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India to give adults free COVID shots after surge in infections | Coronavirus pandemic News

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India will provide free COVID-19 vaccines to all adults, Prime Minister Narendra Modi has said, in an effort to rein in a pandemic that has killed hundreds of thousands of people and led to the world’s second-highest tally of infections.

Modi’s announcement came on Monday after weeks of criticism of a bungled vaccine rollout that has covered fewer than 5 percent of India’s estimated adult population of 950 million.

Health experts have warned that vaccination is the only way to protect lives from a feared third wave of infections after a surge in April-May overwhelmed hospitals in the big cities and in the vast hinterland.

India is the second worst-hit nation after the United States with just below 29 million confirmed COVID-19 infections.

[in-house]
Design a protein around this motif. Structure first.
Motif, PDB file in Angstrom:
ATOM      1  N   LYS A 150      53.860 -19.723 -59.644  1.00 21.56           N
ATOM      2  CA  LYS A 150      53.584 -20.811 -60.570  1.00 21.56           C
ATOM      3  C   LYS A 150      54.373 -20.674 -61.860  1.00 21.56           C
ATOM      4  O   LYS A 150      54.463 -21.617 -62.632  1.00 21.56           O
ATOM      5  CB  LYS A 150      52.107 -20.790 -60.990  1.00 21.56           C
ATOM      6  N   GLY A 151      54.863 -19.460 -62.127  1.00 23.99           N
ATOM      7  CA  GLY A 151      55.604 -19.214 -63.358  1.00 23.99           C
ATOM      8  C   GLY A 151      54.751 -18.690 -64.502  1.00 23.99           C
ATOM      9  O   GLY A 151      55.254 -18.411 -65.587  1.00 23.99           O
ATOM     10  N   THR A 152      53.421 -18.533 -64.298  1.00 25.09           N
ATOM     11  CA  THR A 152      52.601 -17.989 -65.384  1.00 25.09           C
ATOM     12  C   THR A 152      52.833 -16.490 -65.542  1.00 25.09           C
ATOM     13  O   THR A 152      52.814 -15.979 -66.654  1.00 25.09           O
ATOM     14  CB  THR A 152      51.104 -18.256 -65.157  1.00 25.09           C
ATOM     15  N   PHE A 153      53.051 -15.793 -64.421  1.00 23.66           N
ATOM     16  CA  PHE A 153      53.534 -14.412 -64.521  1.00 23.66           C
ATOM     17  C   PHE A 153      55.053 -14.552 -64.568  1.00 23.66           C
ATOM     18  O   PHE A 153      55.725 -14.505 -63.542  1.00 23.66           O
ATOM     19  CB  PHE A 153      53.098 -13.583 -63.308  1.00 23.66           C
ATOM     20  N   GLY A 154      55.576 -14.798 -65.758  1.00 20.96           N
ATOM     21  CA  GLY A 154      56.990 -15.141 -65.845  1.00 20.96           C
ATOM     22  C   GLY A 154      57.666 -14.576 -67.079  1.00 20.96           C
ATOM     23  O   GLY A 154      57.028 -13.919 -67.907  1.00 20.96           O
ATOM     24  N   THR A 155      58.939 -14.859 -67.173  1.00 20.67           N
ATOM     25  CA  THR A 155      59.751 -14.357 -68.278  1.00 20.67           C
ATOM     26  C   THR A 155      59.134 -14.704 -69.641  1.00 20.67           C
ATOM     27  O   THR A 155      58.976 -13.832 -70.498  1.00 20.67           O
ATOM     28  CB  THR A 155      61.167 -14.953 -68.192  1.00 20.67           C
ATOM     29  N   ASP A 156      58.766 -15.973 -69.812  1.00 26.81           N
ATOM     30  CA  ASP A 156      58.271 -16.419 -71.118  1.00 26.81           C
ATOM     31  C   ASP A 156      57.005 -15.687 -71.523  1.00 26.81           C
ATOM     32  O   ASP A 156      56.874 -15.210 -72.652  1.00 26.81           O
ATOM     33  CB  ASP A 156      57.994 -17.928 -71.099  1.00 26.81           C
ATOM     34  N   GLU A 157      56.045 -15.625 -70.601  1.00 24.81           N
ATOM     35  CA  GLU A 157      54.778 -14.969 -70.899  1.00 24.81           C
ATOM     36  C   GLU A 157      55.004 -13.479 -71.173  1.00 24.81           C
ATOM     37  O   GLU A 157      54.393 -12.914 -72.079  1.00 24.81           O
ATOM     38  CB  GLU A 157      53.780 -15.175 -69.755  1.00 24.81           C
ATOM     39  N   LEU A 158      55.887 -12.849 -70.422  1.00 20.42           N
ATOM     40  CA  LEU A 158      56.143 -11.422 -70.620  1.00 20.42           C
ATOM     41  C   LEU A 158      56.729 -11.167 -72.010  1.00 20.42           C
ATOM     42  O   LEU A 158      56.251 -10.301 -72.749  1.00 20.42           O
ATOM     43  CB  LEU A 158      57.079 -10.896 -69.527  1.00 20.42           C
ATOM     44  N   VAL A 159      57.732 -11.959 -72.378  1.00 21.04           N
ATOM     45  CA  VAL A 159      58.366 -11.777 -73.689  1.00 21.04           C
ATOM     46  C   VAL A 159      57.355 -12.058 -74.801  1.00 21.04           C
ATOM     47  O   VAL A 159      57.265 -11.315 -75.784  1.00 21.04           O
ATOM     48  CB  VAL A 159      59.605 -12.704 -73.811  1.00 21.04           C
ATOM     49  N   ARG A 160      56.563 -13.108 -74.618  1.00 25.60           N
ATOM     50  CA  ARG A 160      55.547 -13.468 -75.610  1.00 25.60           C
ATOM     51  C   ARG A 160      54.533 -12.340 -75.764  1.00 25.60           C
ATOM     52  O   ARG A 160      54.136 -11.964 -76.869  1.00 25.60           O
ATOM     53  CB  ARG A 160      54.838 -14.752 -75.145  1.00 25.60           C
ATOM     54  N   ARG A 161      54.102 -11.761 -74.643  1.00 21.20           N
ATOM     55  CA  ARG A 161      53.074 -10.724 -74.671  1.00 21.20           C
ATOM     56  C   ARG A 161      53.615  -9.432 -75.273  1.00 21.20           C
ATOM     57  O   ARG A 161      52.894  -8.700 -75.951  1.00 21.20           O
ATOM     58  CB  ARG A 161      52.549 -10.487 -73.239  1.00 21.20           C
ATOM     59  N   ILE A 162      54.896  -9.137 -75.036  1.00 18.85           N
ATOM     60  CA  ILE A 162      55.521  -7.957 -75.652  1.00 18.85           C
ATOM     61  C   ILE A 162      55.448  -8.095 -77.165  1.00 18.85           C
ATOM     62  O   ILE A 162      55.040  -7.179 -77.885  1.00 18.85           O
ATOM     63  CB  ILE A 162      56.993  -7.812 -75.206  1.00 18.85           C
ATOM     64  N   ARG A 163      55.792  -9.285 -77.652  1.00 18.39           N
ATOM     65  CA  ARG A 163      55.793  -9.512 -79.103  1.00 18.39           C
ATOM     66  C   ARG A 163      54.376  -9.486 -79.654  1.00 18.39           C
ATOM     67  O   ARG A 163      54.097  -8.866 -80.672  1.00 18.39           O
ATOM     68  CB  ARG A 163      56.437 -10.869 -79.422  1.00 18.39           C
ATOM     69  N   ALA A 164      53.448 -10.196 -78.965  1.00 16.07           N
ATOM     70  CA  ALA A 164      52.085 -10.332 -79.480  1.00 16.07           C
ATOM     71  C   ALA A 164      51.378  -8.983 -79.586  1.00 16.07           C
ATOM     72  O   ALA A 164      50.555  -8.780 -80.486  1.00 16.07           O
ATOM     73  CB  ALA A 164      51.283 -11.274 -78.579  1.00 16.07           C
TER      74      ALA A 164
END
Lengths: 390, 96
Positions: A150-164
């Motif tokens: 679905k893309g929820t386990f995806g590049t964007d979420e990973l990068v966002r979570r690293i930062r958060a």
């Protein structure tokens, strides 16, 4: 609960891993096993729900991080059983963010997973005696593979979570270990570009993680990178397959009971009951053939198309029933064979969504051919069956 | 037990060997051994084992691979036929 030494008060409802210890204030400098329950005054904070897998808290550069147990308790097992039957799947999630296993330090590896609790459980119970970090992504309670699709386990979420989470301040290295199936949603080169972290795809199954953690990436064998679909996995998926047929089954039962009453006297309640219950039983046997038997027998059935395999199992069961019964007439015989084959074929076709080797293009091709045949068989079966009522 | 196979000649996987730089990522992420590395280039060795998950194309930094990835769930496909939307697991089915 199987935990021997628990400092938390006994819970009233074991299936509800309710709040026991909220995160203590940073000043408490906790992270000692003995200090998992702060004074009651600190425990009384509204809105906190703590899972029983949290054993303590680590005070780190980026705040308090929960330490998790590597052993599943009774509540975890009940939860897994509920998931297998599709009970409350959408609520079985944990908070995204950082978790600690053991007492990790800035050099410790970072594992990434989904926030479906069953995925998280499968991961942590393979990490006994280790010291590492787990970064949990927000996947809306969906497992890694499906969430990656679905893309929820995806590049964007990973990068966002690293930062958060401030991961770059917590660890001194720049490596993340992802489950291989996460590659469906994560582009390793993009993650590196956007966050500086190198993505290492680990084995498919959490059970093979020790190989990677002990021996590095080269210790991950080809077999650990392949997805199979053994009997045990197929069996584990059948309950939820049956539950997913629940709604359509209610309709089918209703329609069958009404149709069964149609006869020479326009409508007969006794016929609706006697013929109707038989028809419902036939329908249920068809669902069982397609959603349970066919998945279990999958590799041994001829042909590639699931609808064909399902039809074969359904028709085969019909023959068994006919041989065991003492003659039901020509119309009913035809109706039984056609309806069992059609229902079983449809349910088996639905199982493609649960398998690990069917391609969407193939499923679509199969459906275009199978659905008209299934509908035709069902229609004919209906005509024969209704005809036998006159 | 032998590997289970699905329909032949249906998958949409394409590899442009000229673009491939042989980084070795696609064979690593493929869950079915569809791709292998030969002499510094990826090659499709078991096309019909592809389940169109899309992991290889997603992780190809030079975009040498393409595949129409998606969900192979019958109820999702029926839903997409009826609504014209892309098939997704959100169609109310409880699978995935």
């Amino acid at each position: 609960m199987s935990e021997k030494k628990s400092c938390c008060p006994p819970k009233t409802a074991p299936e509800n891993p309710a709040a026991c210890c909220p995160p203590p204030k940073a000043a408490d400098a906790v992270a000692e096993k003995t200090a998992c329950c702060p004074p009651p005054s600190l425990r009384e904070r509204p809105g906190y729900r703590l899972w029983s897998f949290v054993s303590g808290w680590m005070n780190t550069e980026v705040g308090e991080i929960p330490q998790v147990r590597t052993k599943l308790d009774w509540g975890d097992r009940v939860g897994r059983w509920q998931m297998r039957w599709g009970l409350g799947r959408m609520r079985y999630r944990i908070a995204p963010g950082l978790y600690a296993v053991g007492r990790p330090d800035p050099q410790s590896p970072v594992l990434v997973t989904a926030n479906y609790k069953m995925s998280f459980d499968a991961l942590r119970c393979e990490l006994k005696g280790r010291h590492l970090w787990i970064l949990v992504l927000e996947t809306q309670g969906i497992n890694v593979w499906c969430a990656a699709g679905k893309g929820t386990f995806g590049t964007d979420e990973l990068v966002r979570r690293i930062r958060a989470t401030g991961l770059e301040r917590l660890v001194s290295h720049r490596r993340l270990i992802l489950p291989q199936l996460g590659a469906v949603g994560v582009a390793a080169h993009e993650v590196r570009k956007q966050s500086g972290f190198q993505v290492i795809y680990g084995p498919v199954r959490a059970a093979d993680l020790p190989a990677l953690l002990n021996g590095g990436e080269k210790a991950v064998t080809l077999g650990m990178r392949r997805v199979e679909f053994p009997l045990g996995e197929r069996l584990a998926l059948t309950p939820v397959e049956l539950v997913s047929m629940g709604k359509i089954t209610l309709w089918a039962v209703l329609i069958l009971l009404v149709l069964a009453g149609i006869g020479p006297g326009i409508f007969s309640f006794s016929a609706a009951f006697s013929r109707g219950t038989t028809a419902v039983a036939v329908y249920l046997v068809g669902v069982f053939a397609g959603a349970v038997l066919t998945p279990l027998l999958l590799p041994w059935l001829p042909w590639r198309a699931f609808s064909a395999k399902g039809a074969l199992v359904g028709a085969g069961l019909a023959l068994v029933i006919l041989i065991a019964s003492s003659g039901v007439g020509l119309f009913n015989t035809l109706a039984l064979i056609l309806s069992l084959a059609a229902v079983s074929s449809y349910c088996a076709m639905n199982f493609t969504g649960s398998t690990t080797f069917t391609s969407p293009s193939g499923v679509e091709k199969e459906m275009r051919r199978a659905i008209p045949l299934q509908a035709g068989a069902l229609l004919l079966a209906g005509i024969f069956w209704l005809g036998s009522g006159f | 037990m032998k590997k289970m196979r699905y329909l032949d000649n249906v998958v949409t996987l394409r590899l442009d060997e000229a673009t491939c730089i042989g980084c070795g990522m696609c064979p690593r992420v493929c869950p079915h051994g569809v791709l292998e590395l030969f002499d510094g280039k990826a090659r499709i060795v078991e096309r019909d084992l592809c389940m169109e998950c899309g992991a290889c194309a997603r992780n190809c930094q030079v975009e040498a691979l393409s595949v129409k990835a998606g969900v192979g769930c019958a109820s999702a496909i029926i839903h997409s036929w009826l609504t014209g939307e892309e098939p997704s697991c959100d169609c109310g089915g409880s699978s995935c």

Modi said the federal government would take over the vaccination programme from the states from June 21, reversing a policy under which states were partially running it.

“Whether it is the poor, the lower middle class, the middle class, or the upper middle class, under the federal government programme, everyone will get free vaccines,” he said on national television.

Under the earlier policy, the federal government gave free vaccines to the elderly and front-line workers, and left state governments and private hospitals to administer doses for a fee to people in the 18-45 age group.

State governments were also competing against each other to procure vaccines from local manufacturers as well as foreign firms.

Grappling with acute shortages, several states imposed strict curbs, including wholesale lockdowns, in recent weeks.

Several vaccination centres also shut down within days of the widening of the campaign to include everyone above the age of 18.

“We will increase the speed of procuring vaccines and also increase the pace of the vaccination programme,” Modi said.